WRC teams modify cars to combat cockpit temperatures
The FIA confirmed last week that it was working with teams to tackle cockpit temperatures in new Rally1 cars which were described as dangerous by crews on Rally Portugal two weeks ago.
The increase in cockpit temperatures stems from the exhaust position being moved from a central position to the right side of the car for the new 2022 Rally1 machines.
As a result, the co-pilot is now exposed to higher temperatures.
Following a series of proposals presented to the WRC Commission, the teams made a series of minor changes, but these were limited by the limited time between the Portugal and Sardinia events.
Drivers are expected to face ambient temperatures that are expected to reach 41 degrees on Saturday.
FIA rally director Andrew Wheatley has confirmed that teams will be allowed to use several strategies to address the issue which have been ratified by the WRC Commission, some of them requiring an accelerated homologation process.
Crews were able to modify roof vents, add vents to windows, and place mirror film over windows to reflect heat. Changes can also be made to the insulation of engine compartments under cars in an effort to reduce temperatures.
“Honestly, it’s a really good example of what motorsport does best in terms of trying to solve a problem,” Wheatley said.
“We have two issues, physical restrictions and we have regulatory restrictions on what we can do. There is no doubt that this weekend will be quite exceptional. The temperatures forecast are going to be huge.
“Immediately after Portugal, the FIA technical team sat down and made two lists.
“The first list was what we can do without any homologation changes and that list was five items and the teams immediately got to work on those issues.
“Then there were three other issues which required an expedited process through the homologation process and which had to be referred to the WRC Commission for a quick response. [the teams] need to get the changes for this weekend.”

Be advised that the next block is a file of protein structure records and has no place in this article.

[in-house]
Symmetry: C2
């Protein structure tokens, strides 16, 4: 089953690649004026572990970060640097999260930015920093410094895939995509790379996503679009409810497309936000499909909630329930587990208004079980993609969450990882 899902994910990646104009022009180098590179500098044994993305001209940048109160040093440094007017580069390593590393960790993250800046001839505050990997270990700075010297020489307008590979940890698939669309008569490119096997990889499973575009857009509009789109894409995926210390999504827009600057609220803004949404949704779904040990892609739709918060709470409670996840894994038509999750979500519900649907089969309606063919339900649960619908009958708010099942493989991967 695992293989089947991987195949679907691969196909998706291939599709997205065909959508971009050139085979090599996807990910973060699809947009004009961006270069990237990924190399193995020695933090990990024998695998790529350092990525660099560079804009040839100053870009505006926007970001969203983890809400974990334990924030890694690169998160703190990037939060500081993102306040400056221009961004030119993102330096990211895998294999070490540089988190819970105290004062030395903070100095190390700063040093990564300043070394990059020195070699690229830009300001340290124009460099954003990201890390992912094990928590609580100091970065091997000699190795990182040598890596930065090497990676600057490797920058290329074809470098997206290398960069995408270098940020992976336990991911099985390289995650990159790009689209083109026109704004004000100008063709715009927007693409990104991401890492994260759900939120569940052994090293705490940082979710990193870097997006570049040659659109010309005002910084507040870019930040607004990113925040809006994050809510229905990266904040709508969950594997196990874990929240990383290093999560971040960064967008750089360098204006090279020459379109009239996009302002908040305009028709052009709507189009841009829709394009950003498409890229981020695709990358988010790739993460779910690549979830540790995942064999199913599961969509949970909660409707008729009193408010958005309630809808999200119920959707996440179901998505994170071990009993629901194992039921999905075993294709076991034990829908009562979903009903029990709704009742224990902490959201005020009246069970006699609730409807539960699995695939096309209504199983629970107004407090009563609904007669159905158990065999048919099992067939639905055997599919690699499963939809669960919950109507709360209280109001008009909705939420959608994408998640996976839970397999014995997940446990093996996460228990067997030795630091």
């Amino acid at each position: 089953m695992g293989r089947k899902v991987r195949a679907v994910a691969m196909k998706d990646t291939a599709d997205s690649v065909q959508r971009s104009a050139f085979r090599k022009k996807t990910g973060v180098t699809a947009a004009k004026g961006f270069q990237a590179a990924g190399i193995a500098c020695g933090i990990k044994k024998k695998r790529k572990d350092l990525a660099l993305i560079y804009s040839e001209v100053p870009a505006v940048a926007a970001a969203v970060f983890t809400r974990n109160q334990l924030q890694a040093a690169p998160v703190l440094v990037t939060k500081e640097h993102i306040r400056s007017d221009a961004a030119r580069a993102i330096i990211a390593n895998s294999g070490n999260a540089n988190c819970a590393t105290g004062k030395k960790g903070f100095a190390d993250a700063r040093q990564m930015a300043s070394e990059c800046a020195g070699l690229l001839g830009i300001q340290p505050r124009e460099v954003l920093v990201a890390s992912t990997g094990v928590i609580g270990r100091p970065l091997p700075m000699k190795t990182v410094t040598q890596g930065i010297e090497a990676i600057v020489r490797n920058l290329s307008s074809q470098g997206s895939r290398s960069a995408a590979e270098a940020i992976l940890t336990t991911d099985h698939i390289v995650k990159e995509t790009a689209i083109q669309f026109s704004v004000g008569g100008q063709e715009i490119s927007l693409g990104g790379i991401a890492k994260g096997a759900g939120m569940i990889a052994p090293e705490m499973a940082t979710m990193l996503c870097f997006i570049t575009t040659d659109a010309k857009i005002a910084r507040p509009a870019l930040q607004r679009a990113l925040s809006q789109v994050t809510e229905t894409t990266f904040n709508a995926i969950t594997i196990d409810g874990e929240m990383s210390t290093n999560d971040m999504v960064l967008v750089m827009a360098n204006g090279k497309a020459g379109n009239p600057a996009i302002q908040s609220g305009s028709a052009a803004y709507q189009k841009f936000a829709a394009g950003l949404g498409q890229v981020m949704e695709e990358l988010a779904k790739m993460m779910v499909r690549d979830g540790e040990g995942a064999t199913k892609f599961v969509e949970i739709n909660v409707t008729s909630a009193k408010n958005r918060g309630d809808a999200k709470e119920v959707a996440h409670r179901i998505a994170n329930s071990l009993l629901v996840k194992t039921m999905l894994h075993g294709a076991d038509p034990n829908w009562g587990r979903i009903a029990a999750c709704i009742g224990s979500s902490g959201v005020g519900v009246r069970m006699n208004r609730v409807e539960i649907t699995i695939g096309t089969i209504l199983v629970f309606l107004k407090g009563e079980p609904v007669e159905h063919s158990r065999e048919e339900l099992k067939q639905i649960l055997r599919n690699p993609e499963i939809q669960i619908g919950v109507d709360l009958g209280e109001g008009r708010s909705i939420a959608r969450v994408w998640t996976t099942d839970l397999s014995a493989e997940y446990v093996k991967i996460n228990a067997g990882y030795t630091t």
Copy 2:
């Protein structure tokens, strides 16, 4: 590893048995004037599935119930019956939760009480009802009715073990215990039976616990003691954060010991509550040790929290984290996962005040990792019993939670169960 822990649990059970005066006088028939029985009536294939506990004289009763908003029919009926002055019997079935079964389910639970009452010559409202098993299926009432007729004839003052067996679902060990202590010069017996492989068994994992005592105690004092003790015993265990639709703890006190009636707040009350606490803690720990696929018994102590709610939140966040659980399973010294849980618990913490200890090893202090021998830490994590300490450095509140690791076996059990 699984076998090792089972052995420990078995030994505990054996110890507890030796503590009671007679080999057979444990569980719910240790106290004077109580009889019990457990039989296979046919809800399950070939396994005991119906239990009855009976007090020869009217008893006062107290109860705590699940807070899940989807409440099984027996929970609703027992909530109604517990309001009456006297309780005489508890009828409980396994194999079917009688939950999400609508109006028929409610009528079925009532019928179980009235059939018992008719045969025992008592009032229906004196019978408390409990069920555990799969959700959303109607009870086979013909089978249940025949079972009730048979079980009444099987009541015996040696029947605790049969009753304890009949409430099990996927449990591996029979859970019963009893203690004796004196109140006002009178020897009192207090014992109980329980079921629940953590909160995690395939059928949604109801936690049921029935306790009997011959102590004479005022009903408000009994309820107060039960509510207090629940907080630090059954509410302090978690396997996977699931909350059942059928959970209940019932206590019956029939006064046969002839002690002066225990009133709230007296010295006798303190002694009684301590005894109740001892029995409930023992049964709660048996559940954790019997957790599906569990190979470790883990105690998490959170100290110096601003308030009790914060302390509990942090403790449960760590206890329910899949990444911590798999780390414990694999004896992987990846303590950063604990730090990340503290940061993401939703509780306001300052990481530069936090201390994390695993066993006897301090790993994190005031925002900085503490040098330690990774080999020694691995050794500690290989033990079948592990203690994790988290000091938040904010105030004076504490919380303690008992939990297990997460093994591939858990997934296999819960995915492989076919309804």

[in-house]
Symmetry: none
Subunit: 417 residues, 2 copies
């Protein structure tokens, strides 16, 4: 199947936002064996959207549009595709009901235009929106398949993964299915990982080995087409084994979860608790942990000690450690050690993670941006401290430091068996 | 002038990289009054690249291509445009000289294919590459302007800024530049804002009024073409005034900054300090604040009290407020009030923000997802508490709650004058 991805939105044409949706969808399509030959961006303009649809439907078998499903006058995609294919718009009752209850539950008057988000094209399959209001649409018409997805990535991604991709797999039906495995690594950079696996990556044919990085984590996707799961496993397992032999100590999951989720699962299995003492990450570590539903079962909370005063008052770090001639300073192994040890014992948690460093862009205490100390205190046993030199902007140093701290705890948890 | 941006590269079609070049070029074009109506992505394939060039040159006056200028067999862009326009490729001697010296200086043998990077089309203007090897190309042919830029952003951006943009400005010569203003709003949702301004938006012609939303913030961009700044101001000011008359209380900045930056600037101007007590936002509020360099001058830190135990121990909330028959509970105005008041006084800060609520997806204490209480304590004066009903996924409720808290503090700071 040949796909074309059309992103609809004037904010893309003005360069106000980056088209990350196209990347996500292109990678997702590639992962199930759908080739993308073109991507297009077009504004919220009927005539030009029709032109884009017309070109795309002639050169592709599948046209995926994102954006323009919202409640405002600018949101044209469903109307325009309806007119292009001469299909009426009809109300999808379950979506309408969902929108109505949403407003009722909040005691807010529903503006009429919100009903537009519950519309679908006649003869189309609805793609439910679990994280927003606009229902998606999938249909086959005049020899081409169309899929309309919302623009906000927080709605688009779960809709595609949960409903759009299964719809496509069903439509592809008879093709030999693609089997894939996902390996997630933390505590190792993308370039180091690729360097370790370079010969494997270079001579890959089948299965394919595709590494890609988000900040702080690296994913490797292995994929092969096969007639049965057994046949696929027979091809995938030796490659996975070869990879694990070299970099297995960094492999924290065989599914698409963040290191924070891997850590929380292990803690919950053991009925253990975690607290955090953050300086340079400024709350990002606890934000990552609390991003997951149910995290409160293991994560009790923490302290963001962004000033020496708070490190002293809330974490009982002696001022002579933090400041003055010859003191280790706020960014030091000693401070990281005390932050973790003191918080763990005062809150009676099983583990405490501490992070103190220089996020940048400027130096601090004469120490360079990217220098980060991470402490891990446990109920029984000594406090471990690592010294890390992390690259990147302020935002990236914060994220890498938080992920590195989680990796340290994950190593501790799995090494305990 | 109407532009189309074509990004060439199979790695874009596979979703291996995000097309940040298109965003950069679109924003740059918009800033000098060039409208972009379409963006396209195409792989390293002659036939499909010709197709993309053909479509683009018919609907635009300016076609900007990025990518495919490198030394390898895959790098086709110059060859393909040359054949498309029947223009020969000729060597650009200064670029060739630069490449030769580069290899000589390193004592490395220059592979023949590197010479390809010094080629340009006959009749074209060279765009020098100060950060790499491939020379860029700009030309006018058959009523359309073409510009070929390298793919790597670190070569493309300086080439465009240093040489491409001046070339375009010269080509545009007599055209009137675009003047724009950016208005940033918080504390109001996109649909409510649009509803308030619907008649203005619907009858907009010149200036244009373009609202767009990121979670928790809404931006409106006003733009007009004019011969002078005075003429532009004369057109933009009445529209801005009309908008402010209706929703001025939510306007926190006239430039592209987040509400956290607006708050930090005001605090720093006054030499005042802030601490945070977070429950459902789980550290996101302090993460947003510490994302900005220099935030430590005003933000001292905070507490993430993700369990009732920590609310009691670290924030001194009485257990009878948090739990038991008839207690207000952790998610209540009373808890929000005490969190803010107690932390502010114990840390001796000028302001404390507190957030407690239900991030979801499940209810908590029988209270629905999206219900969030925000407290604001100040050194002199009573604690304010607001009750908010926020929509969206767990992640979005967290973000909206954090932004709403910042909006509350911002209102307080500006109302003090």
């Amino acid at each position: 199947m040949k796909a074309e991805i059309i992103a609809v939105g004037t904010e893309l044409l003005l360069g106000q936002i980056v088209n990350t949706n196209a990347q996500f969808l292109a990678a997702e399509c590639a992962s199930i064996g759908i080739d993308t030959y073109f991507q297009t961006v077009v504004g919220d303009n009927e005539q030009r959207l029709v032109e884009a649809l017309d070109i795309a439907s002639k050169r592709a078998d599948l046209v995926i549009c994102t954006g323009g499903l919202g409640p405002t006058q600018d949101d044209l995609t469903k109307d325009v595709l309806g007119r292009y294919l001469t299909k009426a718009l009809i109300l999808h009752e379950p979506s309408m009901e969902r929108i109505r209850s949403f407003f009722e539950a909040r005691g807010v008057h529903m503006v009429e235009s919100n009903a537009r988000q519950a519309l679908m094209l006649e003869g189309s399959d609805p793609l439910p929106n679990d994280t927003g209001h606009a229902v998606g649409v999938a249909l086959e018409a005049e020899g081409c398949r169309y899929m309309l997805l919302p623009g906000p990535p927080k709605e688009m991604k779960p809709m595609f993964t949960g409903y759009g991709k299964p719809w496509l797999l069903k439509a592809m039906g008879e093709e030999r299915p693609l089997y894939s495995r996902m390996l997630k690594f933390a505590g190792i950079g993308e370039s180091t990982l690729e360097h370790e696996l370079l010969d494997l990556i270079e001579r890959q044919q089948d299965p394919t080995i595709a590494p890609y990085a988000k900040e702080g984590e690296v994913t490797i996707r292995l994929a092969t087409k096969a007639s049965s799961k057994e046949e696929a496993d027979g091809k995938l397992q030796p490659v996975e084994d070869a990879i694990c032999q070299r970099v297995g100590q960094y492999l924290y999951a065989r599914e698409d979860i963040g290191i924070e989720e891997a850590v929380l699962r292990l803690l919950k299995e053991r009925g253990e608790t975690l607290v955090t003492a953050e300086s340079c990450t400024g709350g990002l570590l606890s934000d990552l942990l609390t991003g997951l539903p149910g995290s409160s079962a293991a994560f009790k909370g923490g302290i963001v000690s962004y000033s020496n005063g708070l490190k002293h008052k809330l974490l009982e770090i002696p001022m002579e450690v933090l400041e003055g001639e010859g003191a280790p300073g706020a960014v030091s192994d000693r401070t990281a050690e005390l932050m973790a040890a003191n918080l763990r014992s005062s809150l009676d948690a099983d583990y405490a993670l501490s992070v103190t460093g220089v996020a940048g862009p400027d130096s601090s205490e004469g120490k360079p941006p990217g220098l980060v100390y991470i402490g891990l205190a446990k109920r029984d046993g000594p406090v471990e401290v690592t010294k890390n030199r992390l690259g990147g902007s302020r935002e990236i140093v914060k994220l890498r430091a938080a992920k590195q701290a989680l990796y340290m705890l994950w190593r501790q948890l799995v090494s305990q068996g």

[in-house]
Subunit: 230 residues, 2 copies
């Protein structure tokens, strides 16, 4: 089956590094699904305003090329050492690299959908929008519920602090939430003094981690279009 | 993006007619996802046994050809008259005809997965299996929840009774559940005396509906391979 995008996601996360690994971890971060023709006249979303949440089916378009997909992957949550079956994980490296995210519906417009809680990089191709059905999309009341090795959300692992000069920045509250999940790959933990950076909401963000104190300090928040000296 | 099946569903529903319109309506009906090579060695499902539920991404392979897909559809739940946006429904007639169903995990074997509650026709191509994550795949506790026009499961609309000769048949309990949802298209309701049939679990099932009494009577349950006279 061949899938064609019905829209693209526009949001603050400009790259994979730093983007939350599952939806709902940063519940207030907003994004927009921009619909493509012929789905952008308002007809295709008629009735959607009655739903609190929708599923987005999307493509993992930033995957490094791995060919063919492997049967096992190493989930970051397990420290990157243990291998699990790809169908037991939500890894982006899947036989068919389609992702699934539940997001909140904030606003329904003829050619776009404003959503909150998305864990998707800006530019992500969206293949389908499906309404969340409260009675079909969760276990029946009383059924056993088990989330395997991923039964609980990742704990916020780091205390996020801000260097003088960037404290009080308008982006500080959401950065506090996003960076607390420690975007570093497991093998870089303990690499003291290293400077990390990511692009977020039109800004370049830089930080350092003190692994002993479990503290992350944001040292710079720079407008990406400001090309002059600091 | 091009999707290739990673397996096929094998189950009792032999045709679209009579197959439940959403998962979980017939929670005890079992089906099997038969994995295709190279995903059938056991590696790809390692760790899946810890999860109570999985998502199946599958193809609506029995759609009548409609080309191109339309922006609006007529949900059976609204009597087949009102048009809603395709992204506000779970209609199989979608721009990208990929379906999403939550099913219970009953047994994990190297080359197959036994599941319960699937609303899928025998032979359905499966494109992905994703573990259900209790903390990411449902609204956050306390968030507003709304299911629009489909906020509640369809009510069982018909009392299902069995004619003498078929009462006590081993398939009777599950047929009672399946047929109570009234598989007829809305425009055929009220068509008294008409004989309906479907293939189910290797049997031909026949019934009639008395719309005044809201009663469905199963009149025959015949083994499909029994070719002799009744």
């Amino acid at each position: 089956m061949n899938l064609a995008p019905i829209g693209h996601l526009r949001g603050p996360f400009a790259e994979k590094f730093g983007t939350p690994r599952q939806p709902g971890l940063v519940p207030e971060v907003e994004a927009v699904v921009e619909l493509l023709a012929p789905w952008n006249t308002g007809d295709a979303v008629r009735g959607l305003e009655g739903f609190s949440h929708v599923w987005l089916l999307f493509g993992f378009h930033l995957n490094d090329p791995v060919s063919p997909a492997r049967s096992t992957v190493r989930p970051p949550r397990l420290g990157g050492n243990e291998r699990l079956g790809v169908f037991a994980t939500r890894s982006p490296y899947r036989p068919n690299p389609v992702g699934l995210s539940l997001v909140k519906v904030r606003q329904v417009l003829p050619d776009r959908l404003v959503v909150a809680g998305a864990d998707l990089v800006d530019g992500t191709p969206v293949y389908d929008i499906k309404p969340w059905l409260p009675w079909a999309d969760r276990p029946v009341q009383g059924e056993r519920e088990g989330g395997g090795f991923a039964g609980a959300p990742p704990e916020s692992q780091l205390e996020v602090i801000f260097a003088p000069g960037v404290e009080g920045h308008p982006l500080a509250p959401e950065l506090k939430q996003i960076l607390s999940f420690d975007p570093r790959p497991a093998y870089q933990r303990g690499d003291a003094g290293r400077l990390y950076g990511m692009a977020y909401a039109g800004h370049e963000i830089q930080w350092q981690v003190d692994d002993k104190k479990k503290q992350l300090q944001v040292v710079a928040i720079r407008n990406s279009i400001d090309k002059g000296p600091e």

Hyundai has opted for perhaps the most visible solution to the problem by installing a gold reflective roof on its i20 N which it hopes will help repel the sun’s heat to reduce cabin temperatures.
Despite the quick fixes, Hyundai team assistant principal Julien Moncet is not confident the measures taken will be sufficient, but the teams revealed were unable to make any significant changes given the time. limited between events.
Ott Tänak, Martin Järveoja, Hyundai World Rally Team Hyundai i20 N Rally1
Photo by: McKlein / Motorsport Images
“He expects a full solution to come only after this month’s Safari Rally (June 23-26) due to limited time to transport cars to Kenya.
“The time was really short between the two events Portugal and Sardinia,” Moncet told Autosport.
“We had discussions last week with the FIA and so on and we agreed on certain measures that will be applied here in Sardinia. Whether that is enough, I think not, but at least it will improve the situation.
“I’m sure all the teams will come up with proposals, but we were allowed to punch holes behind the side windows and mess with the roof vent. We have a golden roof to limit the sunshine.
“We know that the main source of heat comes from the exhaust line, so nevertheless these reflective panels are only effective for the heat coming from the outside, but if we gain a few degrees less, it is more than welcome .
“We need to remove more heat from the inside out, so we’ll see some interesting solutions throughout the weekend.
“At the moment that’s all we can do. We’ll see how much improvement there is this weekend and if that’s not enough we’ll have to go back with the teams and the FIA to decide further stages.
“We only have one week, so we have to be realistic and we can’t do everything in such a short time. We take this very seriously because it is an important issue.
In addition to the modifications made to the cars, the rally organizers will ensure that the crews have access to water at the end of the stage.